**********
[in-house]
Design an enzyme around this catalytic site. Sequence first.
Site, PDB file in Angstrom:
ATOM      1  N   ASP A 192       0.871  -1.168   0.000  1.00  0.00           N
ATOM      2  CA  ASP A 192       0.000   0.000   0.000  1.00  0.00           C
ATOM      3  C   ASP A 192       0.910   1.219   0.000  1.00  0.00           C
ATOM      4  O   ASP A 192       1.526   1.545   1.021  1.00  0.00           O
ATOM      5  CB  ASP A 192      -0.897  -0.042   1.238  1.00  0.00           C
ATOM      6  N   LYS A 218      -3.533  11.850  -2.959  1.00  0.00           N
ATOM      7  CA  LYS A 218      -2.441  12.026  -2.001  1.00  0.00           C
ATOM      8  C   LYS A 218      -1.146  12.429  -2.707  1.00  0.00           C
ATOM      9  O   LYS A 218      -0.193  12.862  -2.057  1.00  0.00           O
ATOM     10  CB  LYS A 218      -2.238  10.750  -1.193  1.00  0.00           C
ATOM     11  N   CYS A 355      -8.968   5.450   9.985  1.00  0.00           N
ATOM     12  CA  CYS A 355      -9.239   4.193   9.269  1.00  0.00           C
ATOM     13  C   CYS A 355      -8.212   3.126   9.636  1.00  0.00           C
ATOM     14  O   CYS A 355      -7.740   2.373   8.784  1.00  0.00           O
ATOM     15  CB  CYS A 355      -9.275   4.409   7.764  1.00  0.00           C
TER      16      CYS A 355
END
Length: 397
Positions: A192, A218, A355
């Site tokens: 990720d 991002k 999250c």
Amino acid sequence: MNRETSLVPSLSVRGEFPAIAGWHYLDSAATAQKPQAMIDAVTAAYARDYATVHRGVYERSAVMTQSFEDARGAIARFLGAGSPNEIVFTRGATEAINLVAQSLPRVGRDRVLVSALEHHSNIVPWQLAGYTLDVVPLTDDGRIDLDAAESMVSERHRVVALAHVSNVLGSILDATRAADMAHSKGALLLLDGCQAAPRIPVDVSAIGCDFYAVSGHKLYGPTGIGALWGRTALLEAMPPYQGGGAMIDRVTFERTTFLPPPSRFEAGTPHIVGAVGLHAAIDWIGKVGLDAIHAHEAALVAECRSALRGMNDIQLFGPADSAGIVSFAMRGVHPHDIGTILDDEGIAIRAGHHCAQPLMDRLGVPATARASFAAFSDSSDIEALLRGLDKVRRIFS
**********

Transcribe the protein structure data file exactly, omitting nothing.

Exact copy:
[in-house]
Design an enzyme around this catalytic site. Sequence first.
Site, PDB file in Angstrom:
ATOM      1  N   ASP A 192       0.871  -1.168   0.000  1.00  0.00           N
ATOM      2  CA  ASP A 192       0.000   0.000   0.000  1.00  0.00           C
ATOM      3  C   ASP A 192       0.910   1.219   0.000  1.00  0.00           C
ATOM      4  O   ASP A 192       1.526   1.545   1.021  1.00  0.00           O
ATOM      5  CB  ASP A 192      -0.897  -0.042   1.238  1.00  0.00           C
ATOM      6  N   LYS A 218      -3.533  11.850  -2.959  1.00  0.00           N
ATOM      7  CA  LYS A 218      -2.441  12.026  -2.001  1.00  0.00           C
ATOM      8  C   LYS A 218      -1.146  12.429  -2.707  1.00  0.00           C
ATOM      9  O   LYS A 218      -0.193  12.862  -2.057  1.00  0.00           O
ATOM     10  CB  LYS A 218      -2.238  10.750  -1.193  1.00  0.00           C
ATOM     11  N   CYS A 355      -8.968   5.450   9.985  1.00  0.00           N
ATOM     12  CA  CYS A 355      -9.239   4.193   9.269  1.00  0.00           C
ATOM     13  C   CYS A 355      -8.212   3.126   9.636  1.00  0.00           C
ATOM     14  O   CYS A 355      -7.740   2.373   8.784  1.00  0.00           O
ATOM     15  CB  CYS A 355      -9.275   4.409   7.764  1.00  0.00           C
TER      16      CYS A 355
END
Length: 397
Positions: A192, A218, A355
């Site tokens: 990720d 991002k 999250c």
Amino acid sequence: MNRETSLVPSLSVRGEFPAIAGWHYLDSAATAQKPQAMIDAVTAAYARDYATVHRGVYERSAVMTQSFEDARGAIARFLGAGSPNEIVFTRGATEAINLVAQSLPRVGRDRVLVSALEHHSNIVPWQLAGYTLDVVPLTDDGRIDLDAAESMVSERHRVVALAHVSNVLGSILDATRAADMAHSKGALLLLDGCQAAPRIPVDVSAIGCDFYAVSGHKLYGPTGIGALWGRTALLEAMPPYQGGGAMIDRVTFERTTFLPPPSRFEAGTPHIVGAVGLHAAIDWIGKVGLDAIHAHEAALVAECRSALRGMNDIQLFGPADSAGIVSFAMRGVHPHDIGTILDDEGIAIRAGHHCAQPLMDRLGVPATARASFAAFSDSSDIEALLRGLDKVRRIFS